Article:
VP8 and the H.264 Constrained Baseline Profile that is most widely supported by WebRTC implementations can include what video engineers call temporal scalability within a single encoded layer. This means that it's possible to simply drop some frames to reduce the frame rate and bitrate of the video. In other words, you get multiple bitrates for free from a single encoding, with the limitation that the multiple bitrates are achieved by lowering the frame rate.

Neither VP8 nor H.264 Baseline support spatial scalability directly. Spatial scalability is the same thing as video resolution. So to support, for example, both a high-bitrate 1280x720 stream and a lower-bitrate 640x360 stream, it's necessary to encode the video twice. Which explains why we use simulcast for our WebRTC sessions.

There is a newer generation of Scalable Video Codecs that can pack both temporal and spatial scalability into a single encoding. This makes simulcast unnecessary and saves significant network bandwidth! At the network level, SVC layers are packaged into one stream. So with SVC, the SFU just chooses which frames to forward to a particular user rather than switching between several different simulcast layers.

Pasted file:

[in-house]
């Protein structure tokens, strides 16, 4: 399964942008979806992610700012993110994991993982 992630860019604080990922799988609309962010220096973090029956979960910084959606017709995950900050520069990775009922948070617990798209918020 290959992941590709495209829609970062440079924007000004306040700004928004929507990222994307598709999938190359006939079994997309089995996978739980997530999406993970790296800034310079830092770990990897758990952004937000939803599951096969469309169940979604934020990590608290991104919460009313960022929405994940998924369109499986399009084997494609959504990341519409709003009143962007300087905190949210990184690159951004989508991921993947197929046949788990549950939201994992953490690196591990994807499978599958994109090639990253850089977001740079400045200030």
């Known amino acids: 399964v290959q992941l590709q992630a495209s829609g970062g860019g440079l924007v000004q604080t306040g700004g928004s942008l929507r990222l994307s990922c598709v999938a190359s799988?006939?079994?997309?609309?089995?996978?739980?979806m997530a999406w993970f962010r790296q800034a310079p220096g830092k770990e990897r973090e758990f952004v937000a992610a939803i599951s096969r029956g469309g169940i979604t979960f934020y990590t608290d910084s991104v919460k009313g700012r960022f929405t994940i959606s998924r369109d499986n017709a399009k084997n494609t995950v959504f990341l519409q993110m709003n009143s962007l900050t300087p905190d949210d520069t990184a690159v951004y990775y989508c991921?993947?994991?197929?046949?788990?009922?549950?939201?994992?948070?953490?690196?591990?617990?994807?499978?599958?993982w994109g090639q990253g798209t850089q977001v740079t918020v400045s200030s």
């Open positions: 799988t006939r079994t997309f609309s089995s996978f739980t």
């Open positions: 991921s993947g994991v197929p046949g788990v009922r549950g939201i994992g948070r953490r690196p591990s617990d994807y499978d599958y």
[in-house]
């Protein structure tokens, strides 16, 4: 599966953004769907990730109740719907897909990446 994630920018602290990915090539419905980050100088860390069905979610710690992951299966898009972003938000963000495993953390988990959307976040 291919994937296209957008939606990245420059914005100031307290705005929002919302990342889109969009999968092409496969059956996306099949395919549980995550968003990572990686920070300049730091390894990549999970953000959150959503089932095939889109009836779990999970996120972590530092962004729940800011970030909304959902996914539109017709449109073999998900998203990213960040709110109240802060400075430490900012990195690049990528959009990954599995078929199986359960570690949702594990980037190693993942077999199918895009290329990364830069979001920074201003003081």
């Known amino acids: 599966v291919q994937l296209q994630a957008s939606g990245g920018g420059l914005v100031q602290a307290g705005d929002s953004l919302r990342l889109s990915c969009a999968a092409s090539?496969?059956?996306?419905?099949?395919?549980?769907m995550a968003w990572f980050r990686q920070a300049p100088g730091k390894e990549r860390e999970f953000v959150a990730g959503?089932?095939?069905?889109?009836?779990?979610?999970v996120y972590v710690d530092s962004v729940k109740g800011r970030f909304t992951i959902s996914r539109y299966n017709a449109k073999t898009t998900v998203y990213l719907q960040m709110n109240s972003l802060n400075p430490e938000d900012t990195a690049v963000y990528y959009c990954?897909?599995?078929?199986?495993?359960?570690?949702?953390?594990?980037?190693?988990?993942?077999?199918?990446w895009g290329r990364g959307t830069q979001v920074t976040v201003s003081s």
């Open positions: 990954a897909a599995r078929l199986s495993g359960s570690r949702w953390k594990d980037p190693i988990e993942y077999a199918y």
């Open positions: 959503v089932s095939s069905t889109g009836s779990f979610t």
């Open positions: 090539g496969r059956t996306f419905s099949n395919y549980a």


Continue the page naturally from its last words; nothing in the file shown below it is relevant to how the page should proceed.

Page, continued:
The drawback is that these new codecs require too much CPU for general-purpose use, today. However, implementations are steadily getting more efficient, hardware in general is getting faster, and hardware support for new codecs is increasing. Today, these new codecs can be used in some circumstances (often in combination with logic to fallback to VP8 or H264). Over time, VP9, H.265/HEVC, AV1 and perhaps other, even more advanced Scalable Video Codecs will gradually replace VP8 and H.264, and simulcast will become a historical curiosity.


We've written a lot of words, here, but we've barely scratched the surface of topics like layer configuration, bandwidth estimation, and how video codecs work. For example, we didn't even mention keyframes. Keyframes are a favorite topic of video engineers everywhere. But they'll have to wait for another post.

As always, if you have questions, thoughts, or comments (including about keyframes), please come over to the peerConnection WebRTC community and start a thread.